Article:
Tennis is making a concerted effort to go green at the professional level as well as at the recreational level.
Professional tennis players go through millions of balls and a ton of racquets every match they play. The WTA and the ATP tour have made big strides in going green to help save our environment.
Billy Jean King a former tennis player has established the Green Slam Initiative. Green Slam is promoting eco awareness in the sports industry. Tennis is a sport that has so many things they can recycle at tournaments as well as equipment the players use.
“Tennis” magazine teamed up with club owner Michael Mahoney to inform people that own tennis facilities how they can be more efficient and earth friendly. He talks about having a container for used tennis balls, and when it is time to replace hard courts making sure the contractors recycle the court base to cut down on the number of trips and quantity of materials taken to the site.
Tennis manufacturers such as Prince, Head and Wilson are teaming up to help save the planet. Prince has made the effort to make sure they use 100 percent recycled boxes and recycled insoles for a majority of its products.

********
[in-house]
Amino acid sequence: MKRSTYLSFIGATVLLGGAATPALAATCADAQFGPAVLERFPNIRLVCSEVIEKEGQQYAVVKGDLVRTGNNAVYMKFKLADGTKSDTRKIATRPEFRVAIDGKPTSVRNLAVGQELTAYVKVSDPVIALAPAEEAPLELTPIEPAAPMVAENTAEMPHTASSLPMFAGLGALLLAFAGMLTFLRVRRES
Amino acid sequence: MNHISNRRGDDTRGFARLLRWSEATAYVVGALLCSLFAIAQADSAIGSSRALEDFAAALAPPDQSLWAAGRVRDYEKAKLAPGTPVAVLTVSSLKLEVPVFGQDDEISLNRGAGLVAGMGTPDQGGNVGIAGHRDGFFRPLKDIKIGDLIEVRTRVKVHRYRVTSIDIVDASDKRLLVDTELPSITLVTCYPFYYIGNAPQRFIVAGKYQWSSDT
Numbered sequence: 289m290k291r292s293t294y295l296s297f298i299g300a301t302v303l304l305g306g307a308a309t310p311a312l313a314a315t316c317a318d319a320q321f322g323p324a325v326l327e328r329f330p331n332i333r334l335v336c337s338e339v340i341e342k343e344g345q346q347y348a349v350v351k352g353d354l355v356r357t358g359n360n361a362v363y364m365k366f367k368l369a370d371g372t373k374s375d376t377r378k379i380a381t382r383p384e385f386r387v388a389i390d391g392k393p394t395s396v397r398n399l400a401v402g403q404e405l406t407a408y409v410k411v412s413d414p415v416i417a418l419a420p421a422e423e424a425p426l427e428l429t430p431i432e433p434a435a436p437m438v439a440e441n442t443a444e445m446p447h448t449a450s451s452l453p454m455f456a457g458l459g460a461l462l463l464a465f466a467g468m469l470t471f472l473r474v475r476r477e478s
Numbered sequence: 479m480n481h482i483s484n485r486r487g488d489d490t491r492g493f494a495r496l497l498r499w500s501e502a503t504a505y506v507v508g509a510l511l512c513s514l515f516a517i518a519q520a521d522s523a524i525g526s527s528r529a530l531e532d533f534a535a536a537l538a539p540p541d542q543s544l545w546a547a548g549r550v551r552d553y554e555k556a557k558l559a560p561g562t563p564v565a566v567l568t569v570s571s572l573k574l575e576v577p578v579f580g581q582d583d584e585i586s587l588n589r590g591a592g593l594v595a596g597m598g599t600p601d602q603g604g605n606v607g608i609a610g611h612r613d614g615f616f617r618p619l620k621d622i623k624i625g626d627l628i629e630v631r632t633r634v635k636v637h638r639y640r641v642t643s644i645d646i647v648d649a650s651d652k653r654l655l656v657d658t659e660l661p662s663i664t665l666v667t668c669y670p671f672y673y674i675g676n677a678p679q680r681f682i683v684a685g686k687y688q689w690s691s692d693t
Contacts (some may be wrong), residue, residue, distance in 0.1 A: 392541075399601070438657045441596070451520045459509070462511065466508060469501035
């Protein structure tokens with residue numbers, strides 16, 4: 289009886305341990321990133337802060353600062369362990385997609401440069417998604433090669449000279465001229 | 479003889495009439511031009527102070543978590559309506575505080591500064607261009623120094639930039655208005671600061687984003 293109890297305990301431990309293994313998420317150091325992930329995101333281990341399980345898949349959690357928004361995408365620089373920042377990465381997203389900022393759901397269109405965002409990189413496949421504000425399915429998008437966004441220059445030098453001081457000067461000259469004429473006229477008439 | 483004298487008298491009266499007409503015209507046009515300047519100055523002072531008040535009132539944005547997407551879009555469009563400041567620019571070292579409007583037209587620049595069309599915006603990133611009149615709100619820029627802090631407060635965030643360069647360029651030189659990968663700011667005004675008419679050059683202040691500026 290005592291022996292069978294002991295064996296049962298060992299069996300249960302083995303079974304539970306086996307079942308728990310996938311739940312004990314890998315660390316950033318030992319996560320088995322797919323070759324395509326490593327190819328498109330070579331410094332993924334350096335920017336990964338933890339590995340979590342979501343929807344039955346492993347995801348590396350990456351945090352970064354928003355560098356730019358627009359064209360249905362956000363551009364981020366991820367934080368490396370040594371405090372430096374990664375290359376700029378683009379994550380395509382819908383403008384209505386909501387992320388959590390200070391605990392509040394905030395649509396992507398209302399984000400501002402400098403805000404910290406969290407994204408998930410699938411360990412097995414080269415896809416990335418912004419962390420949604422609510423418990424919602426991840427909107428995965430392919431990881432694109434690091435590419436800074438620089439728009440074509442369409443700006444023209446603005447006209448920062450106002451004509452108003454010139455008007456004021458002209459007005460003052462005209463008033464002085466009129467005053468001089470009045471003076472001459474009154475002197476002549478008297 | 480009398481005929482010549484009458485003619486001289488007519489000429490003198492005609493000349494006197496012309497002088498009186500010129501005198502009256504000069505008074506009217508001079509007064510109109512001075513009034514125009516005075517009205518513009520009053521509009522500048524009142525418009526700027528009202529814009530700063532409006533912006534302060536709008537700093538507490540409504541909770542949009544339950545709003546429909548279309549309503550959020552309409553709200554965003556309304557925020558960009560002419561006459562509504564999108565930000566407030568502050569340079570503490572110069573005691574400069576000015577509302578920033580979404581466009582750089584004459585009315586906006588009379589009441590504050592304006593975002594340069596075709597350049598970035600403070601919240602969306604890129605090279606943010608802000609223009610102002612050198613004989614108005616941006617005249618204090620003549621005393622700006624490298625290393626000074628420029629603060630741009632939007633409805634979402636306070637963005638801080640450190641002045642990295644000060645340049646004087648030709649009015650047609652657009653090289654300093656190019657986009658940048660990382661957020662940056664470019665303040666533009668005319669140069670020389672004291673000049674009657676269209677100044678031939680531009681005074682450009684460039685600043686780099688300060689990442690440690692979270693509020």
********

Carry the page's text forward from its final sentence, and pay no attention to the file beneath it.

Head is working with Cool Earth. The company is a global environmental charity that protects rainforests, and is promoting eco friendly practices in sports.
Wilson has made their tennis racquets, balls and cans more environmentally friendly by reducing the chemicals used to create their racquets and making their tennis ball cans 100 percent recyclable.
The US Open, America’s Grand Slam in tennis went green in 2008. Tourney Organizers wanted it to become more sustainable including becoming more energy efficient and recycling waste. It is good that the US Open took a stand to protect our environment because it is the biggest tennis event of the year in the United States.
NASCAR’s switch to unleaded fuel is now a year old. NASCAR has an exemption from the Clean Air Act, which was passed in 1970, which required when all automobiles to switch to unleaded fuel. NASCAR finally got onboard with that for the start of the 2008 racing season.